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RETAIL BANKING | Staff Reporter, Australia
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Australia's big banks are abusing their industry dominance: report

Consumers are being shortchanged by the oligopoly.

Australia’s Big 4 banks have consistently exploited the control they hold over more than three quarters of the country’s lending, deposit and credit card business to deliver inferior products to the Australian consumer, according to a government report released by the Productivity Commission.

“Australia’s banking sector is an established oligopoly with a long tail of smaller providers,” according to the report.

The banking sector is under intense scrutiny after an earlier probe by the Royal Commission surfaced damning evidence of systemic wrongdoing by the country’s big banking players which range from charging fees to the dead forging documents and lying to regulators.

Also read: Australian customers embrace smaller banks as top four bear brunt of scandal

As a result of their dominance, the Big 4 namely—Commonwealth Bank of Australia, National Australia Bank, Australia and New Zealand Banking Group and Westpac—are able to to pass on higher costs onto their customers and dictate prices in an effort to maintain their profit margins and retain their dominant status.

Banks are also well-placed to selectively offer products, prices or terms to different customers who are likely to end up being short-changed.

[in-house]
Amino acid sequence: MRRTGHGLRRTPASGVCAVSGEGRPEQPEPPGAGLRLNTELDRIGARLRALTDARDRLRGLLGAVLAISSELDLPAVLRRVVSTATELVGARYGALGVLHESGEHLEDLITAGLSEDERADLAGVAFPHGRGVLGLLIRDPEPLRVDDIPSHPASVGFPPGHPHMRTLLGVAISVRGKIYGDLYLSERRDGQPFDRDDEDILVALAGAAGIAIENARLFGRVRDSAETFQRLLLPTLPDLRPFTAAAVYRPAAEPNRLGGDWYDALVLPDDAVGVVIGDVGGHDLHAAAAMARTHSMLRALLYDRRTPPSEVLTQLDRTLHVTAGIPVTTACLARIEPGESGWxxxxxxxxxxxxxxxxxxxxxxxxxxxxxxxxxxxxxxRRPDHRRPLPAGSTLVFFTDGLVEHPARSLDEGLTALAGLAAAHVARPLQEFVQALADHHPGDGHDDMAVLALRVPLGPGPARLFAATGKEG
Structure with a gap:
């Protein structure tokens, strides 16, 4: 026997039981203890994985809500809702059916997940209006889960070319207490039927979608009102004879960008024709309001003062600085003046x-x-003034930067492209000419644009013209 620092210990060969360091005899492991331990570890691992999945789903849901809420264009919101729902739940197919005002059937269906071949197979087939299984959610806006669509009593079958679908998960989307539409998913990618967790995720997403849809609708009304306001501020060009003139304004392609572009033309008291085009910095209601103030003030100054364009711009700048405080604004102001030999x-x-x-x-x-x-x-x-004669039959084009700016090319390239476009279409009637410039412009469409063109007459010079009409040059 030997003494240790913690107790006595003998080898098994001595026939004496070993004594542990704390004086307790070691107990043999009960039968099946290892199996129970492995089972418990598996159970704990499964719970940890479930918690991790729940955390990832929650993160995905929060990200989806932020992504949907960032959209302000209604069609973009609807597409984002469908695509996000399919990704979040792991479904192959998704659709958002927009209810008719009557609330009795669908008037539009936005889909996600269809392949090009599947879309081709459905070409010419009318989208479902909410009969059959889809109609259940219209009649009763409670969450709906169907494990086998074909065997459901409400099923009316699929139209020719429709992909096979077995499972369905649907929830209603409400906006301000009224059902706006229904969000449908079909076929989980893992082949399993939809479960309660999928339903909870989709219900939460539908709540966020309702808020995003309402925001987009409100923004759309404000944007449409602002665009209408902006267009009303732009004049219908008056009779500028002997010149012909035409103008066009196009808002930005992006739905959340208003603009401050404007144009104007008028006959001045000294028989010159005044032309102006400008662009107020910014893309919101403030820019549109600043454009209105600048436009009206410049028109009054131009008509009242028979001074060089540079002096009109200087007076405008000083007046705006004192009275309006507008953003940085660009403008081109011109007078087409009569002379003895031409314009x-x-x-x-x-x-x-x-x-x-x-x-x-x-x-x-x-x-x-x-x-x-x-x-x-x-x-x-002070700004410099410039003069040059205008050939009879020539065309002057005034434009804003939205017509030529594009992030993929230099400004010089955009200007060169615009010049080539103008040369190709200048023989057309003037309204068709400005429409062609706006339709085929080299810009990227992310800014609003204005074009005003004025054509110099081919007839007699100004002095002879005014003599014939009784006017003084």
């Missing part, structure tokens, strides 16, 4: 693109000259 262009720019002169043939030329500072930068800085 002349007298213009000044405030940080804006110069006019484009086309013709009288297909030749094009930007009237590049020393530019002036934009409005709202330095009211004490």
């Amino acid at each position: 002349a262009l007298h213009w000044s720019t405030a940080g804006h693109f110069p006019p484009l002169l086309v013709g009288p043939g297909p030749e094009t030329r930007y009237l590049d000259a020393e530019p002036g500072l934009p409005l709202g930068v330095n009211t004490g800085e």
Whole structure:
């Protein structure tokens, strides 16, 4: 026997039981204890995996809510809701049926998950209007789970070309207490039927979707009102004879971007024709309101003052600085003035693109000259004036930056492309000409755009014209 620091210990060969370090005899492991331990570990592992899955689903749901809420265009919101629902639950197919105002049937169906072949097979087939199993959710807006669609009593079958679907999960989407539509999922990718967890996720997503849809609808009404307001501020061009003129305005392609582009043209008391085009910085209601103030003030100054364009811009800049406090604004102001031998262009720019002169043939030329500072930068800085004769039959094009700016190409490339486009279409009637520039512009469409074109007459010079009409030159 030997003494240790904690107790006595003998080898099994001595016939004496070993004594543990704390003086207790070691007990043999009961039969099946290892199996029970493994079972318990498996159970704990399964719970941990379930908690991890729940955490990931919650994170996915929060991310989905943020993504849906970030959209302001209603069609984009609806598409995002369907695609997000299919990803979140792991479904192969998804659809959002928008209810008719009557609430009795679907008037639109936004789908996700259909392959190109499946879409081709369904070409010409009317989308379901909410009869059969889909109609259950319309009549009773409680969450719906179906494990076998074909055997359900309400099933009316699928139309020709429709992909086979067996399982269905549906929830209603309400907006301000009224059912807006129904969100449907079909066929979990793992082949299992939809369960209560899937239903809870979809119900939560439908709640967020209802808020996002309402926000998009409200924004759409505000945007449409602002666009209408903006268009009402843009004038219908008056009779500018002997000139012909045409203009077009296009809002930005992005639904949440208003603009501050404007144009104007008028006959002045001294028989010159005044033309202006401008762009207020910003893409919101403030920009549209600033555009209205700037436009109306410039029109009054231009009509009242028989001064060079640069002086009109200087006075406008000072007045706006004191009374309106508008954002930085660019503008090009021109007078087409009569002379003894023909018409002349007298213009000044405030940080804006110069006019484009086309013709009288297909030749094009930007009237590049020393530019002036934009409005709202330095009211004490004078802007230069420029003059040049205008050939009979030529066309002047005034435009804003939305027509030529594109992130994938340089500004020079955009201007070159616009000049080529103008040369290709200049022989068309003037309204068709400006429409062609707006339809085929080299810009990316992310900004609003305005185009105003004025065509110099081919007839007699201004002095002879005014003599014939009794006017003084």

In this sense, the open banking effort can respond to this problem as consumers are empowered to take control of their own data to find the banking solution that best responds to their needs.

Also read: Open banking loses steam in Australia with 3 in 5 consumer hesitant to share data

In fact, bank customer satsifaction has plunged to its weakest showing in six years after falling to 78.5% in May according to a survey from market research firm Roy Morgan. 

The Big 4 also benefit from lower funding costs as their size, scope and incumbency has boosted their share of the deposit market and allow them to gain better access to offshore funding rates and raise funds at cheaper rates.

“Adding cost to the larger banks without altering their market power does not lift competition, harms consumers and is counter-productive,” PC added.

On the other hand, micro lenders and non-bank institutions have to follow the pricing trend set by the Big 4 as they do not pose significant competition to their market dominance.

And the looming shadow of the Big 4 may just be forcing smaller players to team up with the number of organisations with a banking license plunging by almost 40% from 2005 to 2017 due to increased number of mergers.

Similarly, fintechs have yet to pose a considerable disruption to the dominance of the Big 4 despite their substantial growth in recent years.

“Global technology companies, said to be the potential disruptors, are yet to make a mark in banking and the broader financial system in Australia.”

Also read: Foreign banks flock to Australia as local lenders reel from probe

Credit rating agencies may also play a part in building the dominance of Australian banks as they benefit from a ‘too big to fail’ status reflecting the expectation of government bail outs. In assuming government support in case of financial crisis, rating agencies reinforce banks’ dominance and ‘too big to fail’ status.

However, the government is working overtime to allow more market entrants after passing a legislation easing restrictions on the use of the world bank which had been previously allowed for institutions with more than $37m (AU$50m) in capital which has led to at least 58 new entrants, Scott Morrison, treasurer told NYT.

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